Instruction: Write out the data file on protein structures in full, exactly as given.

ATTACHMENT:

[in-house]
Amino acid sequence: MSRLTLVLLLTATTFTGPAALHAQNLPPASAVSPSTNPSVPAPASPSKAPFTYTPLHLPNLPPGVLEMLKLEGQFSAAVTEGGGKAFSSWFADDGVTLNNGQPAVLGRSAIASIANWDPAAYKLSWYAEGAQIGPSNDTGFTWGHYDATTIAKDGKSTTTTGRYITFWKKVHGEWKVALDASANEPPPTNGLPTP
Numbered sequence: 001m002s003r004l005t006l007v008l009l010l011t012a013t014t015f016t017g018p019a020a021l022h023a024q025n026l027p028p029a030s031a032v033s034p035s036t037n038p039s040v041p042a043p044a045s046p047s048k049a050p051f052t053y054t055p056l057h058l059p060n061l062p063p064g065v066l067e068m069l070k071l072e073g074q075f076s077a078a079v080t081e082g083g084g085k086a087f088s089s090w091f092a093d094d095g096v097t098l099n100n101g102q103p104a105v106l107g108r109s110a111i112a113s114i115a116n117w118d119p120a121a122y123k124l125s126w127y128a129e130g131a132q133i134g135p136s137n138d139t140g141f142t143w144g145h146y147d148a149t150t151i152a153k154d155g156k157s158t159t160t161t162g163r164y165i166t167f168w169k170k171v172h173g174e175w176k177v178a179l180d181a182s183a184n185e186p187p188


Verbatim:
[in-house]
Amino acid sequence: MSRLTLVLLLTATTFTGPAALHAQNLPPASAVSPSTNPSVPAPASPSKAPFTYTPLHLPNLPPGVLEMLKLEGQFSAAVTEGGGKAFSSWFADDGVTLNNGQPAVLGRSAIASIANWDPAAYKLSWYAEGAQIGPSNDTGFTWGHYDATTIAKDGKSTTTTGRYITFWKKVHGEWKVALDASANEPPPTNGLPTP
Numbered sequence: 001m002s003r004l005t006l007v008l009l010l011t012a013t014t015f016t017g018p019a020a021l022h023a024q025n026l027p028p029a030s031a032v033s034p035s036t037n038p039s040v041p042a043p044a045s046p047s048k049a050p051f052t053y054t055p056l057h058l059p060n061l062p063p064g065v066l067e068m069l070k071l072e073g074q075f076s077a078a079v080t081e082g083g084g085k086a087f088s089s090w091f092a093d094d095g096v097t098l099n100n101g102q103p104a105v106l107g108r109s110a111i112a113s114i115a116n117w118d119p120a121a122y123k124l125s126w127y128a129e130g131a132q133i134g135p136s137n138d139t140g141f142t143w144g145h146y147d148a149t150t151i152a153k154d155g156k157s158t159t160t161t162g163r164y165i166t167f168w169k170k171v172h173g174e175w176k177v178a179l180d181a182s183a184n185e186p187p188